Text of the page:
The effects of this tool are only visible at a preview scale of 1:1 or more. Use a detail window (click on the icon under the main preview panel) to inspect a part of the image, or zoom the main preview to 100% (also called 1:1) .
This article describes the tool called "Sharpening", however RawTherapee contains other tools which can be used to perform various types of sharpening - see Edges and Microcontrast and the Wavelets tools.
The Sharpening tool is applied to the full image, before the Resize tool. If you would like to apply sharpening after resizing, use the Post-Resize Sharpening tool which you will find inside the Resize tool.
Unsharp masking (USM) is a technique used to increase the apparent acutance (edge contrast) of an image, making it appear clearer, even though it technically does not really sharpen the image. It makes use of several phenomena of the human visual system in order to accomplish this effect, such as the Cornsweet illusion and Mach bands. Though unsharp masking in other software is easily prone to causing halos, RawTherapee has a unique threshold slider which allows you to achieve a superb sharpening effect with a minimal risk of halos.
The Radius determines the size of the details being amplified and, consequently, relates to the width of the sharpening halo. In general the quality of sharpening is best if the sharpening radius is smaller. For low ISO images that are in focus and without motion blur a value of 0.5-0.7 is satisfactory.
The Amount parameter controls the strength of the sharpening.
The Threshold tool helps to suppress noise amplification and haloing and to confine sharpening to a desired tonal range. The Threshold tool allows one to create a curve via which the sharpening is applied. The vertical axis corresponds to opacity: 0% at the bottom (transparent, sharpening not visible), 100% at the top (opaque, sharpening visible). The horizontal axis corresponds to luminosity: select the tonal range that will get sharpened - the darkest tones are on the left, progressing to white tones on the right. As mentioned in the tooltip, to move each of the points in the threshold tool individually, hold the Shift key before clicking on a point with your mouse. Holding the Ctrl key while moving a point with the mouse allows for very fine movements.
When moving the right pair of sliders to the left side, sharpening is reduced in the highlights. When moving the left pair of sliders to the right side, sharpening is reduced in the shadows and minimizes amplification of dark noise.
The default threshold values will protect from over-sharpening and haloing in most cases and limit the sharpening effect to mid-tones. In the example screenshot, the blackest tones have no USM applied, then USM is applied to a broad range of tones from dark to light, and the strength of USM gradually drops off from maximal at the mid-tones to none at the whitest tones, so as to prevent noise amplification and haloing.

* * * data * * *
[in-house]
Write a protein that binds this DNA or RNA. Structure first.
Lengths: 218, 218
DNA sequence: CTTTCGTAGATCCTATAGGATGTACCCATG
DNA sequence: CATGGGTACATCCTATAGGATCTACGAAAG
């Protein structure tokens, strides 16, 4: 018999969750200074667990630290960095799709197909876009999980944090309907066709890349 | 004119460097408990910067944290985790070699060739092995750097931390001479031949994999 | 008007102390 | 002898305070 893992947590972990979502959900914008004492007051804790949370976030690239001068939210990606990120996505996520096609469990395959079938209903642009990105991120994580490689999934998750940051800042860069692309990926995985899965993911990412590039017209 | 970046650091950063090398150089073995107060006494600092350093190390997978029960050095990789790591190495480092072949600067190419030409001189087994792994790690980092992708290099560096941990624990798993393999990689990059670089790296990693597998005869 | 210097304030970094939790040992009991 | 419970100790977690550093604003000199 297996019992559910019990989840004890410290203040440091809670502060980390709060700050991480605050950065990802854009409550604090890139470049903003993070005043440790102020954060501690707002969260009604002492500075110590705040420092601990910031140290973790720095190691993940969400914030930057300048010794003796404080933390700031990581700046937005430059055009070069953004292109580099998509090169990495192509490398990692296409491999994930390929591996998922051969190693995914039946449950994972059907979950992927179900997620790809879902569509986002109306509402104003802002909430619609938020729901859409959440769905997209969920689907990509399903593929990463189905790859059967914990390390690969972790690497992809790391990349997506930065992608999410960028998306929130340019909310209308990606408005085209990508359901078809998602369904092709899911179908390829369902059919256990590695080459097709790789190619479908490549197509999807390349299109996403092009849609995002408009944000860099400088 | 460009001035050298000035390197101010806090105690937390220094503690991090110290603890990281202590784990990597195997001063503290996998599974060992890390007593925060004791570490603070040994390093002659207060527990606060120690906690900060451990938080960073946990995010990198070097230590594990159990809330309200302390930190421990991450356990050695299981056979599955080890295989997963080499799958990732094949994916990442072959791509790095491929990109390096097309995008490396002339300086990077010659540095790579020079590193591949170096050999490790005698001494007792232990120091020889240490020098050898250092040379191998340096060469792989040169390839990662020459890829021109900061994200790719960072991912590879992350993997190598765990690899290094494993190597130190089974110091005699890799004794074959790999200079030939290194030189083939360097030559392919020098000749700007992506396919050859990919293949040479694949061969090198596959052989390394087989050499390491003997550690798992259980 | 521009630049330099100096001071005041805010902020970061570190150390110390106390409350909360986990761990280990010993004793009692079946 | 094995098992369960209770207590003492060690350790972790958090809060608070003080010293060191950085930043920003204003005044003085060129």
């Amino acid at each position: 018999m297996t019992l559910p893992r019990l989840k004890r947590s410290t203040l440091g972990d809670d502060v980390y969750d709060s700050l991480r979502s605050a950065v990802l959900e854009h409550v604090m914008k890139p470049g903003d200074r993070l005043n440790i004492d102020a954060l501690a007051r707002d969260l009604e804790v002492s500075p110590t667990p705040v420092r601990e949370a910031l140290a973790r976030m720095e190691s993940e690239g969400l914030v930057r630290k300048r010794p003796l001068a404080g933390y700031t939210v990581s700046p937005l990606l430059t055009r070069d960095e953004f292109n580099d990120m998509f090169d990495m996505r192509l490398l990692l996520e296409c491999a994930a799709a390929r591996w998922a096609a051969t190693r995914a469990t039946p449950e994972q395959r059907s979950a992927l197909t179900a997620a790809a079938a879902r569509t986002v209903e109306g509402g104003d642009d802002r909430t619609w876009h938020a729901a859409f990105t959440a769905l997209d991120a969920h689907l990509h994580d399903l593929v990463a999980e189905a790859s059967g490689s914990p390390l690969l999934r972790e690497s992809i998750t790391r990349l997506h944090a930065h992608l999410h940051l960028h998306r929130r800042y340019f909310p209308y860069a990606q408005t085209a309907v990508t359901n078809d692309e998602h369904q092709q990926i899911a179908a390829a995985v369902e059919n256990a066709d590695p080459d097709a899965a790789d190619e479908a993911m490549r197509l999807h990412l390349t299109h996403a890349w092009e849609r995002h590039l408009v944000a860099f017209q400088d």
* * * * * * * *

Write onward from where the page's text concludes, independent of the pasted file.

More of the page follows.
Sharpen Only Edges
If you activate "Sharpen only edges" then uniform areas will not be sharpened. This is useful when sharpening noisy photos.
Two new sliders appear as well:
The Radius is used for noise detection. If the noise is low, a lower radius can be used, and vice-versa. A higher radius slows down the image processing.
Edge Tolerance determines how much a pixel has to differ from its neighbor to be considered as an edge and not as noise. It is very similar to the USM Threshold parameter and has a high impact on the visual quality. For low ISO (low noise) images use 1000 or less, for high ISO images use 2500-3000 or even more.
Halo Control is used to avoid halo effects around light objects when sharpening too aggressively. When activated, a new slider appears:
At 100 it works at maximum, reducing the visual impact of the USM filter.
RL deconvolution is named after the makers of this algorithm, Richardson and Lucy. It uses the point spread function (PSF) to deconvolve (reverse) the effects of Gaussian-like blur. In reality, the blur produced by the lens and by motion may differ from Gaussian blur significantly, therefore some artifacts, such as halos, may appear when the radius diverges too far from the type of blur in the actual image, and when then effect is too strong.
Controls the blend factor between the unsharpened image and the sharpened one.
Damping reduces the effect of the deconvolution at each iteration. It has the effect of preventing sharpening of the finest details. Use it if the sharpened image has too much "bite" at the finest level.
RL Deconvolution is an iterative algorithm; it requires being repeated in order to achieve the intended results. Each repetition of the process is called an "iteration", and the result of one iteration is used as the starting point of the next iteration. While each iteration removes blur, it also increases processing time and the likelihood that halo artifacts will appear, so you need to find the perfect balance through trial and error - the default value should be fine for most cases.